“Sometimes there is a lot of jealousy in football and people want you to fail. You have to be very strong mentally to make it. No one really wanted me after Wolves, so I landed up playing part-time in the League of Wales for Welshpool Town. It was actually a great move for me. Before then, I had only played youth team football, but this was definitely men’s football!
“Looking back the standard was not great. It was part time and we only trained twice a week, but the club meant everything to those players and they showed so much commitment and passion. I got smashed a few times but I learnt a lot about the game. It was a real education.
“You need a bit of luck a times to make it in the game and I got it through Mike Stowell, the Academy goalkeeping coach at Wolves who had moved on to Bristol City and he wanted to take me to Ashton Gate. I got a call totally out of the blue. I went on trial there for two weeks before signing a contract till the end of the season. I have so much to thank Mike for and his family because they put me up for a while when I first moved to the West County.
“I learned a lot from Mike. I think the biggest thing he taught me was my time management – when is the right time to go to the gym was, when I needed to rest and when I should be doing extra work. Or even when it was ok to have a drink. As a kid, all you want to do is train and play football but as a professional player, you need to look after your body.”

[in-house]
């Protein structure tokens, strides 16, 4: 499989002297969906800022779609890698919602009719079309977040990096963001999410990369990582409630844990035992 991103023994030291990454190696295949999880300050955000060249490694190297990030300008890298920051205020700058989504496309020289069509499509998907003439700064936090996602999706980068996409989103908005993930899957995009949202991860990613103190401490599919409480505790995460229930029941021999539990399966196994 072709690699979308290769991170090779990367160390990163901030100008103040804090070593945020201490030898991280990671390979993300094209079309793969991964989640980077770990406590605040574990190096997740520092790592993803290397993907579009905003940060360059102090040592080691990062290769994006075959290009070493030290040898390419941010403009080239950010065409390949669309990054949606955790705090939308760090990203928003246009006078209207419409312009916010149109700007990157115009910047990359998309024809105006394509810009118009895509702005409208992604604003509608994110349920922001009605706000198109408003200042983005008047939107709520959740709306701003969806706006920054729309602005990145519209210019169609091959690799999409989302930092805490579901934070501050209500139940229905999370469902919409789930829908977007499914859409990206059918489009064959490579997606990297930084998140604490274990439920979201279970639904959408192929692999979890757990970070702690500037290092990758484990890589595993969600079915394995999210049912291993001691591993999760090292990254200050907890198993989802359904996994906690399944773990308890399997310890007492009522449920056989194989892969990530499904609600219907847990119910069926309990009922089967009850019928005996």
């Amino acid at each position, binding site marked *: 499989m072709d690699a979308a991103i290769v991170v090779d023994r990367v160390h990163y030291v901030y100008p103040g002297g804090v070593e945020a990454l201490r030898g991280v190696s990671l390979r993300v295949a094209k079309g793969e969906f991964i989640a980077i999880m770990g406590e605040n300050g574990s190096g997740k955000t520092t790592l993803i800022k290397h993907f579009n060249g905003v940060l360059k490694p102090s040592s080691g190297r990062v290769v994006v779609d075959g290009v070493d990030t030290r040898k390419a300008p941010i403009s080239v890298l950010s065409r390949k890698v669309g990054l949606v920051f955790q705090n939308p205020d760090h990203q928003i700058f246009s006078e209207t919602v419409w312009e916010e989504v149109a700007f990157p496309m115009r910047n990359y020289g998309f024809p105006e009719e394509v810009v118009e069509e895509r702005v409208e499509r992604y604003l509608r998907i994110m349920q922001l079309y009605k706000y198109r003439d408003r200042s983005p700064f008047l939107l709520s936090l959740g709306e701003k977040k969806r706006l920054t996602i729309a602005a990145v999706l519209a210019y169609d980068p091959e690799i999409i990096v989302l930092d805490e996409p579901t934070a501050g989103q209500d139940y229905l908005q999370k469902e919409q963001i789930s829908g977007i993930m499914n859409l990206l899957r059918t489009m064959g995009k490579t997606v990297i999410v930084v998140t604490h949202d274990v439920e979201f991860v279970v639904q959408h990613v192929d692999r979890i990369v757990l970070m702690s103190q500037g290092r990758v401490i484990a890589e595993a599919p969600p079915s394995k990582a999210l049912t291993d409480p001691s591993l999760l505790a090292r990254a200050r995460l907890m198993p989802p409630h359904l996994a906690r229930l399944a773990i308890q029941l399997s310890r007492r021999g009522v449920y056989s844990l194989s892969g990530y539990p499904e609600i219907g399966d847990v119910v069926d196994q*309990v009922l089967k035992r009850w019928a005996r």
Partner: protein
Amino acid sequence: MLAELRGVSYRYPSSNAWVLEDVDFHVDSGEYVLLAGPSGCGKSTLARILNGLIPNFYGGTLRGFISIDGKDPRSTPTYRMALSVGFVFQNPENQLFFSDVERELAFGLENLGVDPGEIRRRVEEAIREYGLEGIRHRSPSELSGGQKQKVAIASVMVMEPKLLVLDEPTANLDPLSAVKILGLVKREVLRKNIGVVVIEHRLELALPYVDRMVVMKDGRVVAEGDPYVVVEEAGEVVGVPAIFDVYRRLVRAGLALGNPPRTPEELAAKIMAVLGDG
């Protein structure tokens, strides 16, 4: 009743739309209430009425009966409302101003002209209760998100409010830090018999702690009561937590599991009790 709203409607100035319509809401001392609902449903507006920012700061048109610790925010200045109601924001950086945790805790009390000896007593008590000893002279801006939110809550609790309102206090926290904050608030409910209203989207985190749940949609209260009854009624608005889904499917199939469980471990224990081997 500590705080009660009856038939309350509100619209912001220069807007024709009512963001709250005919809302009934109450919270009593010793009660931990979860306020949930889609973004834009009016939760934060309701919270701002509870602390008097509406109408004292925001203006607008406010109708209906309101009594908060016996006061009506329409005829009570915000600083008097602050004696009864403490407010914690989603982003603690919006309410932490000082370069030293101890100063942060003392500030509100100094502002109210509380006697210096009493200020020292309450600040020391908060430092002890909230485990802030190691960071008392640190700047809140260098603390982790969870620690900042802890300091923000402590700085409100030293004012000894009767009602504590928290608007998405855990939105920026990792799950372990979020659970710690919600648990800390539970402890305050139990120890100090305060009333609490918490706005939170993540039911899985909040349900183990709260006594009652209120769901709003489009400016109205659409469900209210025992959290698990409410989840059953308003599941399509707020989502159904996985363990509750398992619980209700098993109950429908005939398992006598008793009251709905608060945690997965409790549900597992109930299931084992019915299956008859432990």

Scott’s real breakthrough came at Cheltenham Town, a club he joined at the start of the 2005/06 season.
“I was at Cheltenham for a long time and had a special relationship with the fans. I played nearly 300 games and I’ve been to Wembley and played against the likes of Spurs and Everton.
“The best save of my career came at Cheltenham when we played Torquay in the semi-final of the play-offs. We were 2-0 up from the first leg. It was just before half-time and they took a corner which came in, someone headed it back across me and I managed to get a good left hand on it and managed to push it away. The save helped us get to Wembley but then we lost to Crewe in the final.
“I have experienced being promoted through the play-offs, I lost in a final and I lost in the semi-final. Getting beat in the semi-final is probably the worst experience – that season I played every game and it was a horrible feeling. At least if you get to the final you have a day out to look back on but losing in the semi you have nothing.
“Saying that I think the play-offs are a good thing. A lot of teams can get into the play-offs, which keeps the season going for many teams. Otherwise there would be a lot of meaningless games.”
Scott was a spectator on a special day for the Aberdeen manager too. On the 26th August 2006, Cheltenham beat Millwall 3-2 and one of the Millwall scorers that day was Derek McInnes, his last ever senior goal and a memorable one at that!